• An FDA delay or clinical challenge is increasingly fatal to Life Science startups, where investors now choose to walk away rather than escalate the effort required to reach approval.

med device pipeline

Business Model Issues

  • Cost pressures are unrelenting in every sector, with pressure on prices and margins continuing to increase.
  • Devices are a five-sided market: patient, physician, provider, payer and regulator. Startups need to understand all sides of the market long before they ever consider selling a product.
  • In the last decade, most device startups took their devices overseas for clinical trials and first getting EU versus FDA approval
  • Recently, the financing of innovation in medical devices has collapsed even further with most Class III devices simply unfundable.
  • Companies must pay a  medical device excise tax of 2.3% on medical device revenues, regardless of profitability delays or cash-flow breakeven.
  • The U.S. government is the leading payer for most of health care, and under ObamaCare the government’s role in reimbursing for medical technology will increase. Yet two-thirds of all requests for reimbursement are denied today, and what gets reimbursed, for how much, and in what timeframe, are big unknowns for new device companies.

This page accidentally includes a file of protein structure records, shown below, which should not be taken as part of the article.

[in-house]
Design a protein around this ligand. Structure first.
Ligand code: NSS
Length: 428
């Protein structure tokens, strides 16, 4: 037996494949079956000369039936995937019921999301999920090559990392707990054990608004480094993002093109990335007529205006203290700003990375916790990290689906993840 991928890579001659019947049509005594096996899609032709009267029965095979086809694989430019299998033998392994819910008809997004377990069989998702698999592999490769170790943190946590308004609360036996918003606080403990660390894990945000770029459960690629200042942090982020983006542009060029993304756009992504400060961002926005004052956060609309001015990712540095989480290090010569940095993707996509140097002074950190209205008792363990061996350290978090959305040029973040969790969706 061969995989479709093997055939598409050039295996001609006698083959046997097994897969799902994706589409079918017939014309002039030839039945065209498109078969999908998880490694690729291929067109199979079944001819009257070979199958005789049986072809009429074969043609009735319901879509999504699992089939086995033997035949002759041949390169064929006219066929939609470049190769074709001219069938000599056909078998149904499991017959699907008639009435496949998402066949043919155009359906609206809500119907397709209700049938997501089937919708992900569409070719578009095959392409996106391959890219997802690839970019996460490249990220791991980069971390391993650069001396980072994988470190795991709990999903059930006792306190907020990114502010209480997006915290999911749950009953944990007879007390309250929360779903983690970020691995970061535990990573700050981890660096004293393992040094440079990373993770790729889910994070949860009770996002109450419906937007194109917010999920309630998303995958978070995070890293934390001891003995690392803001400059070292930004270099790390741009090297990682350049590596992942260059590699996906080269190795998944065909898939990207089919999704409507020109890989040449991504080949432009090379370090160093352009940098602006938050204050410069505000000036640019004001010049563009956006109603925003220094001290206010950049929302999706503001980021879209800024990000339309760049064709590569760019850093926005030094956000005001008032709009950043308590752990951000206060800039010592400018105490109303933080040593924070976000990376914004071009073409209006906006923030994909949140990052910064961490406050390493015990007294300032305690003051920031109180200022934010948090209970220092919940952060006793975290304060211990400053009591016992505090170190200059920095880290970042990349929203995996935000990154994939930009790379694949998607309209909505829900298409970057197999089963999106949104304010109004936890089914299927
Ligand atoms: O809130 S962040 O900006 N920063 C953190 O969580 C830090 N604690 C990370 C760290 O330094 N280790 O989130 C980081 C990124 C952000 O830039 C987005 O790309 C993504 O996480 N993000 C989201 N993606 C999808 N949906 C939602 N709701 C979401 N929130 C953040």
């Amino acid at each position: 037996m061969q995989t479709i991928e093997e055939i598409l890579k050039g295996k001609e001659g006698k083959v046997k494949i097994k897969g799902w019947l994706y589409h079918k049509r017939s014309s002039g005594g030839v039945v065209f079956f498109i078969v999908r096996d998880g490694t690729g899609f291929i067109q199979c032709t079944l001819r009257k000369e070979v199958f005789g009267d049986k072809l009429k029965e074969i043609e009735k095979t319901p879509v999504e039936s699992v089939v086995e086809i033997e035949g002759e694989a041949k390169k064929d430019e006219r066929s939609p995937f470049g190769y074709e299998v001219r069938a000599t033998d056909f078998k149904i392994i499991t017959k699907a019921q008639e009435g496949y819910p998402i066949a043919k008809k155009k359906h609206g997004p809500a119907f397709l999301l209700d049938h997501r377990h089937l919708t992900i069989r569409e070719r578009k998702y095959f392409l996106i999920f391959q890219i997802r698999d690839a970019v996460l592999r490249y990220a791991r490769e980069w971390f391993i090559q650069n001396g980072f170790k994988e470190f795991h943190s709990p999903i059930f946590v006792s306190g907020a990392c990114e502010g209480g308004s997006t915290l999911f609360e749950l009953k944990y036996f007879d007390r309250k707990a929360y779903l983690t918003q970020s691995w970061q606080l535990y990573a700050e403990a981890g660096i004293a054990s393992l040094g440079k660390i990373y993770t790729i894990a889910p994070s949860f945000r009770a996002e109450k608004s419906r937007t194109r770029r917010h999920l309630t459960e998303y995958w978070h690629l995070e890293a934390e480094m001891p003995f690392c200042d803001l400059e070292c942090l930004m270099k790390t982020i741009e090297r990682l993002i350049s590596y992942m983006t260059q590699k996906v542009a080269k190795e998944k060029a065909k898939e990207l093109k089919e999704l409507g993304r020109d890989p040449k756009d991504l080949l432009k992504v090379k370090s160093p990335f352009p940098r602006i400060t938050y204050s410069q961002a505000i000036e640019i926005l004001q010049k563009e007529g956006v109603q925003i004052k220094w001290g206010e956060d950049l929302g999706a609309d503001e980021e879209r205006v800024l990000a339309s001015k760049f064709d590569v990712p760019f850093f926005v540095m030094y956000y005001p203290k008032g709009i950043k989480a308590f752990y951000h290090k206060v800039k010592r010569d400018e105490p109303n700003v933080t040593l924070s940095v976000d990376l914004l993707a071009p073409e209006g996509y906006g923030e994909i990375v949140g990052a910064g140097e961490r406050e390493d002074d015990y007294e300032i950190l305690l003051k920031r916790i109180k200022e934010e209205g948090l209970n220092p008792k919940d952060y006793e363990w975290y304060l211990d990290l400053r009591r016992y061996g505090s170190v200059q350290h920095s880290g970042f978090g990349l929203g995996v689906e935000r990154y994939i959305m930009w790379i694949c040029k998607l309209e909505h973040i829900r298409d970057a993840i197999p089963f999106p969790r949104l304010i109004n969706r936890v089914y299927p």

Venture Capital Issues

  • Early stage Venture Capital for medical device startups has dried up. The amount of capital being invested in new device companies is at an 11 year low.
  • Because device IPOs are rare, and M&A is much tougher, liquidity for investors is hard to find.
  • Exits have remained within about the same, while the cost and time to exit have doubled.

Life Sciences III – The Rise of Digital Health
Over the last five years a series of applications that fall under the category of “Digital Health” has emerged. Examples of these applications include: remote patient monitoring, analytics/big data (aggregation and analysis of clinical, administrative or economic data), hospital administration (software tools to run a hospital), electronic health records (clinical data capture), and wellness (improve/monitor health of individuals). A good number of these applications are using Smartphones as their platform.digital health flow

Business Model Issues

  • A good percentage of these startups are founded by teams with strong technical experience but without healthcare experience. Yet healthcare has its own unique regulatory and reimbursement issues and business model issues that must be understood
  • Most of these startups are in a multisided market, and many have the same five-sided complexity as medical devices: patient, physician, provider, payer and regulator.  (Some are even more complex in an outpatient / nurse / physical therapy setting.)
  • Reimbursement for digital health interventions is still a work in progress
  • Some startups in this field are actually beginning with Customer Development while others struggle with the classic execution versus search problem

Regulatory Issues

  • Digital Health covers a broad spectrum of products, unless the founders have domain experience startups in this area usually discover the FDA and the 510(k) process later than they should. 

Venture Capital

  • Seed funding is still scarce for Digital Health, but a number of startups (particularly those making physical personal heath tracking devices) are turning to crowdfunding.